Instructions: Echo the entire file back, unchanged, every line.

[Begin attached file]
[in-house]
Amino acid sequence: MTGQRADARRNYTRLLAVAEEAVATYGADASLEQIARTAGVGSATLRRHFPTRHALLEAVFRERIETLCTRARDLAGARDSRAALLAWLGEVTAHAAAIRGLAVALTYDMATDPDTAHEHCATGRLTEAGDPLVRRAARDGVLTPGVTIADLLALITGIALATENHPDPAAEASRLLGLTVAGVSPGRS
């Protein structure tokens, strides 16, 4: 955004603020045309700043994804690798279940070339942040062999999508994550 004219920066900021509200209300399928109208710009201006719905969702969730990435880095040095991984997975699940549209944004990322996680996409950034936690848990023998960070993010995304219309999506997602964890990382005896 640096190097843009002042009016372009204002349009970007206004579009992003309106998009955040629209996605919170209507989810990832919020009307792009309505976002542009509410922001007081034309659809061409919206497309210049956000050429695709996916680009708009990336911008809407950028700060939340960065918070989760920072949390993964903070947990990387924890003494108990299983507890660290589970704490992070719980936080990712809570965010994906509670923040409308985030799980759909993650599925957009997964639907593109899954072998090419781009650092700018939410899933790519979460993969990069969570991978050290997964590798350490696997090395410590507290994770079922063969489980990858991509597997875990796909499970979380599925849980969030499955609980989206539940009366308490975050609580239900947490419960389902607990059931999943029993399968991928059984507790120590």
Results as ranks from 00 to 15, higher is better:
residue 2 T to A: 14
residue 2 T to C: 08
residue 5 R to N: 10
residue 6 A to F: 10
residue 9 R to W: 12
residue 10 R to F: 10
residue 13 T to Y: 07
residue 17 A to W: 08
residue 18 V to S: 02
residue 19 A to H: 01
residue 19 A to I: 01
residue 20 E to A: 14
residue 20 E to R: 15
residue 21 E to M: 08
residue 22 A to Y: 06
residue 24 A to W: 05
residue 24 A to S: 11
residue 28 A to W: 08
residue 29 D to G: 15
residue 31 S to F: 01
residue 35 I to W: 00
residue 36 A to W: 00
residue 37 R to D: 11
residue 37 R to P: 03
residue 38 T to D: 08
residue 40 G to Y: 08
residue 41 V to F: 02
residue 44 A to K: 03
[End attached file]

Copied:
[in-house]
Amino acid sequence: MTGQRADARRNYTRLLAVAEEAVATYGADASLEQIARTAGVGSATLRRHFPTRHALLEAVFRERIETLCTRARDLAGARDSRAALLAWLGEVTAHAAAIRGLAVALTYDMATDPDTAHEHCATGRLTEAGDPLVRRAARDGVLTPGVTIADLLALITGIALATENHPDPAAEASRLLGLTVAGVSPGRS
């Protein structure tokens, strides 16, 4: 955004603020045309700043994804690798279940070339942040062999999508994550 004219920066900021509200209300399928109208710009201006719905969702969730990435880095040095991984997975699940549209944004990322996680996409950034936690848990023998960070993010995304219309999506997602964890990382005896 640096190097843009002042009016372009204002349009970007206004579009992003309106998009955040629209996605919170209507989810990832919020009307792009309505976002542009509410922001007081034309659809061409919206497309210049956000050429695709996916680009708009990336911008809407950028700060939340960065918070989760920072949390993964903070947990990387924890003494108990299983507890660290589970704490992070719980936080990712809570965010994906509670923040409308985030799980759909993650599925957009997964639907593109899954072998090419781009650092700018939410899933790519979460993969990069969570991978050290997964590798350490696997090395410590507290994770079922063969489980990858991509597997875990796909499970979380599925849980969030499955609980989206539940009366308490975050609580239900947490419960389902607990059931999943029993399968991928059984507790120590």
Results as ranks from 00 to 15, higher is better:
residue 2 T to A: 14
residue 2 T to C: 08
residue 5 R to N: 10
residue 6 A to F: 10
residue 9 R to W: 12
residue 10 R to F: 10
residue 13 T to Y: 07
residue 17 A to W: 08
residue 18 V to S: 02
residue 19 A to H: 01
residue 19 A to I: 01
residue 20 E to A: 14
residue 20 E to R: 15
residue 21 E to M: 08
residue 22 A to Y: 06
residue 24 A to W: 05
residue 24 A to S: 11
residue 28 A to W: 08
residue 29 D to G: 15
residue 31 S to F: 01
residue 35 I to W: 00
residue 36 A to W: 00
residue 37 R to D: 11
residue 37 R to P: 03
residue 38 T to D: 08
residue 40 G to Y: 08
residue 41 V to F: 02
residue 44 A to K: 03